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Credit Agricole CEO Brassac Boosted by Investment Bank Gain

Dale Crofts

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Credit Agricole SA benefited from record inflows at its asset-management unit and higher revenue at the investment bank in the fourth quarter, bolstering Chief Executive Officer Philippe Brassac after he unveiled his new targets.

Revenue from capital markets and investment banking rose by more than half, in a period that saw a surge in trading revenue at most Wall Street banks, helping revenue at the French lender beat estimates. Net income of 1.66 billion euros ($180 billion) was also better than expected.

Brassac is betting on corporate banking and asset management for growth to offset the impact of low or negative interest rates and rising capital requirements. The bank in December wrote down the value of its French retail banking division LCL by about 600 million euros to reflect the tougher environment the lender faces.

Net income was boosted by more than 1 billion euros from a favorable tax ruling, which more than offset the writedown on the French retail business. The dividend was increased by 1.4% to 70 cents, the bank said.

Credit Agricole rose as much as 1.1% in early Paris trading, before reversing gain to trade 1.1% lower at 9:49 a.m. Before today, the stock had gained 38% over the past 12 months, making it the second-best performer in the Stoxx 600 Banks Index.

Record Inflows

Credit Agricole is more diversified and less dependent than rivals BNP Paribas SA and Societe Generale SA on trading, and it has been able to turn to acquisitions to support growth. The lender is among the firms that have come up as potential buyers for HSBC Holdings Plc’s French retail operations, though Jerome Grivet, the chief financial officer, on Friday said he isn’t interested.

Credit Agricole is considering deals to grow its asset management unit or the specialized financial services business, but not in French retail, where it already has a large presence, he said in an interview with Bloomberg TV.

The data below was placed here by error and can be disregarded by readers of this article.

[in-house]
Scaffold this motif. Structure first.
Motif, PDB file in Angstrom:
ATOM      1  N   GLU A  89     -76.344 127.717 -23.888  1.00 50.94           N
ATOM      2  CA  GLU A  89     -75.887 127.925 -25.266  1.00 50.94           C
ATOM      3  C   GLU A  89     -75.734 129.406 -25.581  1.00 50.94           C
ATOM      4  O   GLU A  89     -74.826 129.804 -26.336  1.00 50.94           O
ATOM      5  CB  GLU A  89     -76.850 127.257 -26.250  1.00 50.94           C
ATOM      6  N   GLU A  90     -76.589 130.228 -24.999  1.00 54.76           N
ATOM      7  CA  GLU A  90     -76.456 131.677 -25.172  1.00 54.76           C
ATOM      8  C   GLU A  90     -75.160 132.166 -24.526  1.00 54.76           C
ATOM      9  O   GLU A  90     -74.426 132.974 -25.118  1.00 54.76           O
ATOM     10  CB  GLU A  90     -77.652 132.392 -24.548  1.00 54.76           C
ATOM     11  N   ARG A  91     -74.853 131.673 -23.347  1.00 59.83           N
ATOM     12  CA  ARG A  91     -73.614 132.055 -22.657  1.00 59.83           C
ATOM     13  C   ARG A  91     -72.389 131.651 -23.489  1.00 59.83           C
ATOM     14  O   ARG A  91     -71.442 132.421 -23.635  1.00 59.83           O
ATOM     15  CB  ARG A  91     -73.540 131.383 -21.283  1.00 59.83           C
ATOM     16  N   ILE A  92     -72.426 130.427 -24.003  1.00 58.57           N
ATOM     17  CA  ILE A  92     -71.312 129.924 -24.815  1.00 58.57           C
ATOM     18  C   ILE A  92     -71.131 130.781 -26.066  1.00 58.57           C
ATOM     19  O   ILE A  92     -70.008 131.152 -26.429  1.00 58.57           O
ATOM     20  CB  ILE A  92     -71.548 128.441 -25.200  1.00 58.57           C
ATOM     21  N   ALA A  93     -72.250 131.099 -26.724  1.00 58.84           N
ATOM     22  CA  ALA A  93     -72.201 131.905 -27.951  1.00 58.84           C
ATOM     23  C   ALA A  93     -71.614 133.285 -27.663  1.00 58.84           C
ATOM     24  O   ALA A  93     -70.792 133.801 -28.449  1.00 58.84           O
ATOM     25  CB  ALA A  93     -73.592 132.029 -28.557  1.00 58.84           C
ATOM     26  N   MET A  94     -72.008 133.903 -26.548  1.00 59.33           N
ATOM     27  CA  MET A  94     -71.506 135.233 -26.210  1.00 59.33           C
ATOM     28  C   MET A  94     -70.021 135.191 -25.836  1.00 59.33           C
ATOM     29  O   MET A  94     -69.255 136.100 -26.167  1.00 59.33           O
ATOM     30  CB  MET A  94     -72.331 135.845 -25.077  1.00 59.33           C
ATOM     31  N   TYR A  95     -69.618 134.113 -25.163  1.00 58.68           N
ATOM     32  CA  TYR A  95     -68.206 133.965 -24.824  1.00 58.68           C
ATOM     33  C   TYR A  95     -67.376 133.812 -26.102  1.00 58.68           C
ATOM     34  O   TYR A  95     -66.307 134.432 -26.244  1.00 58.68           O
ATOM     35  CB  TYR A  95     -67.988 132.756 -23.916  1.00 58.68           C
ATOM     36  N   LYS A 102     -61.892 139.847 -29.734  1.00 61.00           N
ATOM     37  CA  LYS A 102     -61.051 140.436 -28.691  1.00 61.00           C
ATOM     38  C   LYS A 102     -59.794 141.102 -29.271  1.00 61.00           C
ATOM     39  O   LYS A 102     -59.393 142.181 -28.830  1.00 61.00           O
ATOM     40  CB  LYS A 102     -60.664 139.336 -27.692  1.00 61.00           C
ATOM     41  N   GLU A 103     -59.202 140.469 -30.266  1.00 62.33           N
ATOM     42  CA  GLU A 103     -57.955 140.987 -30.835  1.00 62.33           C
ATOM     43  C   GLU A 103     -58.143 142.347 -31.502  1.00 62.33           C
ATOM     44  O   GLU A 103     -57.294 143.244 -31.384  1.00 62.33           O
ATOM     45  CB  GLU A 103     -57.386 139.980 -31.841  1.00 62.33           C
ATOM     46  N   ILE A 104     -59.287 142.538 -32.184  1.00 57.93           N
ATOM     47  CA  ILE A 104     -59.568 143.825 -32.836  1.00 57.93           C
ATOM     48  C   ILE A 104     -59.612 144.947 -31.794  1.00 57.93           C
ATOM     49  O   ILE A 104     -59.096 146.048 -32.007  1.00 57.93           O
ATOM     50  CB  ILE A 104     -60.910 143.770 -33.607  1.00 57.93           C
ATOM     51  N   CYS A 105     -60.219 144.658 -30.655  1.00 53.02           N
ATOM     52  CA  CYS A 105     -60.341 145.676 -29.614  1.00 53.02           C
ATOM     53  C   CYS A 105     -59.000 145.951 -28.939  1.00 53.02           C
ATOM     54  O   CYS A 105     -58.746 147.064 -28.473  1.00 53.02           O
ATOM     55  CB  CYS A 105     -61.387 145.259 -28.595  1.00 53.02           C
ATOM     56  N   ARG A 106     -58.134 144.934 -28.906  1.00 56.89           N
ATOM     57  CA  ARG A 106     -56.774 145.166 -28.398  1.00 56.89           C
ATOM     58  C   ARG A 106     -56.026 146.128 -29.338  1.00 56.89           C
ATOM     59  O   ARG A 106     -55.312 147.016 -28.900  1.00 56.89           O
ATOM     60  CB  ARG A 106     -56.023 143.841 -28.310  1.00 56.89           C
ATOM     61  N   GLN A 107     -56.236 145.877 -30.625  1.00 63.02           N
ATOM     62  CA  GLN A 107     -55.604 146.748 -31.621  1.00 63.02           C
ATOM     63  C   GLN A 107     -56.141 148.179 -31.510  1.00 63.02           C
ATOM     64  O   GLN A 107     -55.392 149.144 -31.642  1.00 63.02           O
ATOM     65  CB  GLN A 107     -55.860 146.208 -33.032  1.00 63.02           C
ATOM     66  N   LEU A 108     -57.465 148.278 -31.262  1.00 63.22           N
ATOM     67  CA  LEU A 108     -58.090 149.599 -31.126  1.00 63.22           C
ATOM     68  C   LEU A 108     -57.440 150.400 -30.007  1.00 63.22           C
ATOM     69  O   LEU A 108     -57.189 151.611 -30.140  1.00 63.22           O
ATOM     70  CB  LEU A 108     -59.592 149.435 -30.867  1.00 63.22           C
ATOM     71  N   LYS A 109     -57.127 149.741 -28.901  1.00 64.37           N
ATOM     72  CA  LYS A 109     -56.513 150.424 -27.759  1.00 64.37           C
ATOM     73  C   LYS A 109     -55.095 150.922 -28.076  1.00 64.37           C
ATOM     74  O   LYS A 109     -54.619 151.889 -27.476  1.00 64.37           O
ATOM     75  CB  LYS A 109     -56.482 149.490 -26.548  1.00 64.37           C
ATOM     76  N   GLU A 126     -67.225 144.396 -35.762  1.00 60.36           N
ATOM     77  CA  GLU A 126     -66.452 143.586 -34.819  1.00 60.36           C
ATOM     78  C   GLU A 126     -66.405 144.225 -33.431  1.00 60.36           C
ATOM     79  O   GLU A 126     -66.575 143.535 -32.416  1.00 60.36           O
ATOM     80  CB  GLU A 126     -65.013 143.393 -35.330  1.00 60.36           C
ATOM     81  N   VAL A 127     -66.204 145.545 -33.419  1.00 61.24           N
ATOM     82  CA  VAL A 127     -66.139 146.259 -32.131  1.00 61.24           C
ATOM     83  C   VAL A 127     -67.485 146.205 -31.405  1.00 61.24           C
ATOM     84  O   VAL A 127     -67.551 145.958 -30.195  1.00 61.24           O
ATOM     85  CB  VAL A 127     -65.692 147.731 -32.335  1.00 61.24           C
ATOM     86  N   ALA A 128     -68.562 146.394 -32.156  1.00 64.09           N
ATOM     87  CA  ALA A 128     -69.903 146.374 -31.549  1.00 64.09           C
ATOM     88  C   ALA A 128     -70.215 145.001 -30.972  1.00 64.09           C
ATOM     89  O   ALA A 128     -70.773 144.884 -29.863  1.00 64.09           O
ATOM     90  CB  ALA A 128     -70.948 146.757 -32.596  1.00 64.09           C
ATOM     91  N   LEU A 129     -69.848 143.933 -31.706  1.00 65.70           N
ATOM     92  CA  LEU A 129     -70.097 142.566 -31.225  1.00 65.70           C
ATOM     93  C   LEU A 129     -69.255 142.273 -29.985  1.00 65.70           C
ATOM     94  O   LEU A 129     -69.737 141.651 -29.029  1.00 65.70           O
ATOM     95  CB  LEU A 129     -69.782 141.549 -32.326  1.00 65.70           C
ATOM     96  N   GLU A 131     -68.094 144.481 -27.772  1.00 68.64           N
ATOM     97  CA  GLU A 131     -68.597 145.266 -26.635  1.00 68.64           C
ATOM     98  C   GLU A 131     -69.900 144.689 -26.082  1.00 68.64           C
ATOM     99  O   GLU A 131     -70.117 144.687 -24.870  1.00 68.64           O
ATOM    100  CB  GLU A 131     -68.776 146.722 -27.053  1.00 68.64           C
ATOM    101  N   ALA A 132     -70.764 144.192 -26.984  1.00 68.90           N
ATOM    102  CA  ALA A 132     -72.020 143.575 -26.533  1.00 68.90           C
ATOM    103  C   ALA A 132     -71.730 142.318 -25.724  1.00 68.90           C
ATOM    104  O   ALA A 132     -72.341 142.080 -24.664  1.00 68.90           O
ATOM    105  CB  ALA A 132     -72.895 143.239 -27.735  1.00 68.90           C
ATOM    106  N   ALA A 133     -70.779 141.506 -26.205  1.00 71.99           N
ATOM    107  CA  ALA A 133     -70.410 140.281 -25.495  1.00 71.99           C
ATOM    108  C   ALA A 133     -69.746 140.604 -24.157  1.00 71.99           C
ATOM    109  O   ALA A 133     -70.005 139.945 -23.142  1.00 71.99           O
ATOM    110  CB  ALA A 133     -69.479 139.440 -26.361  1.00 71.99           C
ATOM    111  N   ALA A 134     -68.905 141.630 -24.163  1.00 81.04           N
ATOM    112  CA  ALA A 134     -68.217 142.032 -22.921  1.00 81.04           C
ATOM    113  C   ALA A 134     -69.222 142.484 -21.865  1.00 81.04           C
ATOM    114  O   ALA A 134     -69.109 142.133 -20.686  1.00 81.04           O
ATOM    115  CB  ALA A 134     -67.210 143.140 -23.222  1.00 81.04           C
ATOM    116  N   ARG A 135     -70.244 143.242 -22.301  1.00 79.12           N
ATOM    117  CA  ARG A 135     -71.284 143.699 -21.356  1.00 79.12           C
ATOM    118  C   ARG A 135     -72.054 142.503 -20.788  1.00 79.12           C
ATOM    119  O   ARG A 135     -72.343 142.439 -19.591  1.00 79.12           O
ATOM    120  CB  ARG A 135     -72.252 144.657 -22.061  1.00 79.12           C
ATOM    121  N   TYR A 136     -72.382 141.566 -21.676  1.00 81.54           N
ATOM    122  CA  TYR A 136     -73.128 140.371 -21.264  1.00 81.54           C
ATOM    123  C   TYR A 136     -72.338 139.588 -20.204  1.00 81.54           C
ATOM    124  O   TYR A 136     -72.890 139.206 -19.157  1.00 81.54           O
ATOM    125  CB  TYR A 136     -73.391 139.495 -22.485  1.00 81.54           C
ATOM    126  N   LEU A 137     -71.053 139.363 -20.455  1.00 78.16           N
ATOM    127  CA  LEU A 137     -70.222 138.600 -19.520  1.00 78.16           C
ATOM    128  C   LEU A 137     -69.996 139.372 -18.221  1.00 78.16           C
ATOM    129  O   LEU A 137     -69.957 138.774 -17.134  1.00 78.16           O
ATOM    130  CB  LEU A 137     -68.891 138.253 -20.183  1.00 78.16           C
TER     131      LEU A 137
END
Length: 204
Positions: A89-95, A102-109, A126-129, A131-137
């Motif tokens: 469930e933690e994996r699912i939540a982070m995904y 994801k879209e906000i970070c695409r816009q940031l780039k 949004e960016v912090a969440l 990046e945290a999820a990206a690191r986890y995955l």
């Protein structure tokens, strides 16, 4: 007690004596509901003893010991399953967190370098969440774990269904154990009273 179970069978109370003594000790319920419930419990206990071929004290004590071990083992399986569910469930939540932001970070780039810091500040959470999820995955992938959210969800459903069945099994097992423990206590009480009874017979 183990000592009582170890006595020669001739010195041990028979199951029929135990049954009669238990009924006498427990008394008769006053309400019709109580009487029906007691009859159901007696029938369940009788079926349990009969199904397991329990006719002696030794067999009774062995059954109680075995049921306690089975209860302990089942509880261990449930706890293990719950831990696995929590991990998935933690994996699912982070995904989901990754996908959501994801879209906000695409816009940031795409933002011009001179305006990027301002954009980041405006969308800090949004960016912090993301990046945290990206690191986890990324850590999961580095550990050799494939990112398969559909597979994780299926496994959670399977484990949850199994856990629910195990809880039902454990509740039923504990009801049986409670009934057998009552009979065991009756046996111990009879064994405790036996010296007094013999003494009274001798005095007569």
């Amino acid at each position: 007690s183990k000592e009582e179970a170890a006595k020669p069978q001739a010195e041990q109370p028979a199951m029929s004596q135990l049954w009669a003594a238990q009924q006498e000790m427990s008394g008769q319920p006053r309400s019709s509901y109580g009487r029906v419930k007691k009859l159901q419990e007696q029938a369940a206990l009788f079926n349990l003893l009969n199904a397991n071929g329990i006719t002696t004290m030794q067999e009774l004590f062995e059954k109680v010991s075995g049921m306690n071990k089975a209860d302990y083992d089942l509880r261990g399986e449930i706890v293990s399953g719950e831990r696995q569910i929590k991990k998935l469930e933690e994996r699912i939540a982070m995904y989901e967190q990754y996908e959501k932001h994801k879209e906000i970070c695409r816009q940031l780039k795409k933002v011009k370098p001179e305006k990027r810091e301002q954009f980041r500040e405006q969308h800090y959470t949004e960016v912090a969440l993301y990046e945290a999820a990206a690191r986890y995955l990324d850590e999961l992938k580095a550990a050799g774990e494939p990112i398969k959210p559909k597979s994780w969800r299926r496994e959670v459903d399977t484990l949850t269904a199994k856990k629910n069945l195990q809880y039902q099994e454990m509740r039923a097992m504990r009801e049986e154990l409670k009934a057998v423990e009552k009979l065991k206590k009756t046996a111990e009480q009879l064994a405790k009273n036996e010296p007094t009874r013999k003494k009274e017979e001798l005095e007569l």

Its giant asset manager, Amundi SA, has grown into Europe’s largest with the help of acquisitions, making it a model for rivals seeking to consolidate. Amundi on Wednesday raised its dividend and reported record net inflows of 76.8 billion euros in the fourth quarter after a new pension mandate in India.

Brassac’s Targets

Amundi’s development will be “amplified with two strategic initiatives,” its partnership with Spain’s Banco Sabadell SA and a Chinese subsidiary created in partnership with Bank of China, Yves Perrier, the asset manager’s CEO said in a statement.

Brassac has reorganized Credit Agricole’s structure and sold less-strategic holdings over the past years while seeking partnerships with other companies. The CEO in June pledged to boost net income by more than 600 million euros over three years and drive down costs, after meeting previous key targets ahead of schedule.

The lender affirmed those targets in December, when it announced the goodwill charge at LCL. Credit Agricole merged with Credit Lyonnais in 2003 and the latter went on to focus on retail banking and adopted the LCL brand in 2005, according to the company’s website.

(Updates with CFO comments in seventh paragraph.)

To contact the reporter on this story: Dale Crofts in Zurich at dcrofts@bloomberg.net

To contact the editors responsible for this story: Dale Crofts at dcrofts@bloomberg.net, Christian Baumgaertel, Ross Larsen

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